James Clavell’s “Shogun” – the book goes far beyond the miniseries with David Chamberlain, and again it is such a beautifully described world.
I am also a fan of the children’s books “Redwall” by Brian Jacques. I read “Mossflower” when I was 12 and it just took me away.
Authors who have inspired you:
This may sound trite, but it is a lot of the older writers who blow my mind.
I recently read “City & The Stars” by Arthur C Clarke… I want you to understand that this was written in the mid 1950’s, and in that book he describes things like cloning technology, wireless communication, quantum energies, faster than light travel… but these aren’t just abstract ideas. Clarke describes each of them in detail. He has such an amazing understanding of technological development, and I don’t think that there has been anyone like him for so long.
I also have a love of Rod Serling and his “Twilight Zone” series. I can see straight line from Lovecraft to Serling… onto The Outer Limits, The X-Files, and up to Lost. His books are great… real unnerving tales of the weird. I think that Lovecraft had some amazing and original ideas – and I have all his works – but sometimes his construction in almost unintelligible. I think that Serling took that basis and made it readable.
I’m also going to put Peter Straub up there as well. I first came across him when he collaborated with Stephen King on “Talisman”. I’m not going to tell you that I love all his work, but he is brilliant at writing dialogue. He can capture inflections and accents so well that he puts many others into the shade.
But I have a broad palette, and many of my inspirations actually come from song writers. I have a strange fascination with artists who tell stories; so the likes of Nick Cave, Johnny Cash, and Fear Factory. I’m following a band at the moment – Serpico – and their debut album is “Neon Wasteland.” On the basis of the song writing, you’d think these guys had lived ten lives. “Glass Eye” is a stand out track, and I play that at least once a day at the moment.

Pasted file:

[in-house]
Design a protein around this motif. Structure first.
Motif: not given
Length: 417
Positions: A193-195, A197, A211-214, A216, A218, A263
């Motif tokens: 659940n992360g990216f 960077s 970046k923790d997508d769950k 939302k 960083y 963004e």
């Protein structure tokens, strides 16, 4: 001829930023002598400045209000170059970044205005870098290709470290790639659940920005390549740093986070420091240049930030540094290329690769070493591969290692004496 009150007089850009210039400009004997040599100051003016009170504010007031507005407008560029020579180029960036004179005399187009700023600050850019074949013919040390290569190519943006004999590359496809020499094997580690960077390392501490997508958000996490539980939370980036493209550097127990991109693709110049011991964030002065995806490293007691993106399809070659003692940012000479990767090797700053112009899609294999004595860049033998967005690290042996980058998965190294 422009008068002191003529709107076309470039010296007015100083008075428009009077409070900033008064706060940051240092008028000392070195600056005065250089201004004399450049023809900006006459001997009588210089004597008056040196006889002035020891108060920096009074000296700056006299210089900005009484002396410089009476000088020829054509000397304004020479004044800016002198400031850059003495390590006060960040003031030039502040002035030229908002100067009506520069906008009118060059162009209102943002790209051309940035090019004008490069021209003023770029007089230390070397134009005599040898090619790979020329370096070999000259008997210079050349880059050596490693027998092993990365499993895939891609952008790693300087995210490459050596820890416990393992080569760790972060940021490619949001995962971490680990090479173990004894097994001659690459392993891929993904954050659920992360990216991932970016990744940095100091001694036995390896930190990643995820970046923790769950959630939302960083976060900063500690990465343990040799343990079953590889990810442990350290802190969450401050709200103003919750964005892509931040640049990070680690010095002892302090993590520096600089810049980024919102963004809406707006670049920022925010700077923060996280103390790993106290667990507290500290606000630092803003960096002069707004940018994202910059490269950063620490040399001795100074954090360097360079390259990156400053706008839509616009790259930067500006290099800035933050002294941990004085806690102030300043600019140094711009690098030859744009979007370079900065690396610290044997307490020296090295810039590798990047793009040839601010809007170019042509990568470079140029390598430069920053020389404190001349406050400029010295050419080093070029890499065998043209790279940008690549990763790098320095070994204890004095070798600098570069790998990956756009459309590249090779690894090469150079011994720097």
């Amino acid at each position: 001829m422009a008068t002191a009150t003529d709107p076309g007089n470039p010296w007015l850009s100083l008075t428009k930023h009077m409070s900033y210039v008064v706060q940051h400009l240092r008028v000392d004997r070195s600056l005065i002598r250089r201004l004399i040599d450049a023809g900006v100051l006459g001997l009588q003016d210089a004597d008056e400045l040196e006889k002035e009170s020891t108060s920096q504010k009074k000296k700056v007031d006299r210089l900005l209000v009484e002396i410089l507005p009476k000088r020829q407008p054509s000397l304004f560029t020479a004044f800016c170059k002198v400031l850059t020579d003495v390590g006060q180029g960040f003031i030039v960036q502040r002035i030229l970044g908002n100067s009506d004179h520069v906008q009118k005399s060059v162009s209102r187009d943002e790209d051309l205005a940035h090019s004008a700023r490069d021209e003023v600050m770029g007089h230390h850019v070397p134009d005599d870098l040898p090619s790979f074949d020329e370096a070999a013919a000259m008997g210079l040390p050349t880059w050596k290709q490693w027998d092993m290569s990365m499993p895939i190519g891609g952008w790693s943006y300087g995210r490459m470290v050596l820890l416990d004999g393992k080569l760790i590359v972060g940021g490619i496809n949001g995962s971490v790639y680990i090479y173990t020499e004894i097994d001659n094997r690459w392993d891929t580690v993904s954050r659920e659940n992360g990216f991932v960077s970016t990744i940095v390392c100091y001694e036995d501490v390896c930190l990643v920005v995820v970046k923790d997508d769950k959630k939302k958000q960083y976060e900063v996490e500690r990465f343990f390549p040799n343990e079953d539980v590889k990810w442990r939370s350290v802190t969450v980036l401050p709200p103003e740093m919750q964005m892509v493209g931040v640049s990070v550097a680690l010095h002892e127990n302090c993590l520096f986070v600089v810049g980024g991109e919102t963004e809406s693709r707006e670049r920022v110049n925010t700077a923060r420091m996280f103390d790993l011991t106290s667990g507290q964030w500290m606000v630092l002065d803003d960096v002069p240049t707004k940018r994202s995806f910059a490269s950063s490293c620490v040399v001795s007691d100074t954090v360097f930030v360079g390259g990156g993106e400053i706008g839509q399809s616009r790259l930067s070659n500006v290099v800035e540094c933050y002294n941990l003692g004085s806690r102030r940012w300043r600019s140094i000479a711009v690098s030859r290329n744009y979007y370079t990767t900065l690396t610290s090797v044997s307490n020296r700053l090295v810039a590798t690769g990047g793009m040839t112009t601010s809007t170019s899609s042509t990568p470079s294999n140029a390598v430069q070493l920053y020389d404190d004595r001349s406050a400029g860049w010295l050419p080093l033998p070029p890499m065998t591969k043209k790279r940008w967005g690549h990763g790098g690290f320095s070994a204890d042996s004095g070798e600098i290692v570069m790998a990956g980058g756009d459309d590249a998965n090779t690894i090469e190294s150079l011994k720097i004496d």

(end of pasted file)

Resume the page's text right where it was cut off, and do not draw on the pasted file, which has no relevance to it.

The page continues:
All of that inspires me and feeds into my work.
What do you do for fun?
Ha! I have a two year old daughter – my life is not my own!
But seriously, my wife is really supportive. I have a love of live music, and on Halloween I’m going to Glasgow to see Paradise Lost supported by Lacuna Coil. Then in December, The Field of The Nephilim support The Mission.
When I’m not writing or catching up on the admin, I try to keep in touch with old friends. I’m very much into my martial arts, and when I lived in London I trained in Ishin Ryu Ju Jitsu. Although I now live 400+ miles away, I still keep in touch with the fantastic instructors – they’re like family.
Do you have a favorite genre?
In books? Fantasy and horror with a bit of sci fi. I have most of Clive Barkers works, and I’m rediscovering my love of Terry Pratchett and Isaac Asimov.
In movies – I like tense horrors with a psychological edge. I don’t like slashers or splattergore. If you have seen Michael Shannon in “Bug” or “Take Shelter”… those are the sort of films I love. Equally, some of the foreign language flicks like “A Tale of Two Sisters”, “Ju-On” and “The Orphanage”. I like good sci-fi once in awhile as well – I adored the rebooted “Battlestar Galactica”.
I play a lot of computer games too – I’m really into my RPG, and can be found in persistent worlds like Neverwinter Nights, The Elder Scrolls, and WoW.
Links to your website/blog/where to buy your book/s:
My books can be found on Amazon - http://www.amazon.com/Martin-Adil-Smith/e/B007B9P5C6/
There is a pretty lively community of Facebook, where we chat about movies and TV series and books - https://www.facebook.com/SpiralsOfDanu
And there is growing community on Goodreads where we discuss certain themes or characters from the books, and what I’m working on at the moment. https://www.goodreads.com/group/show/116997-the-spirals-of-danu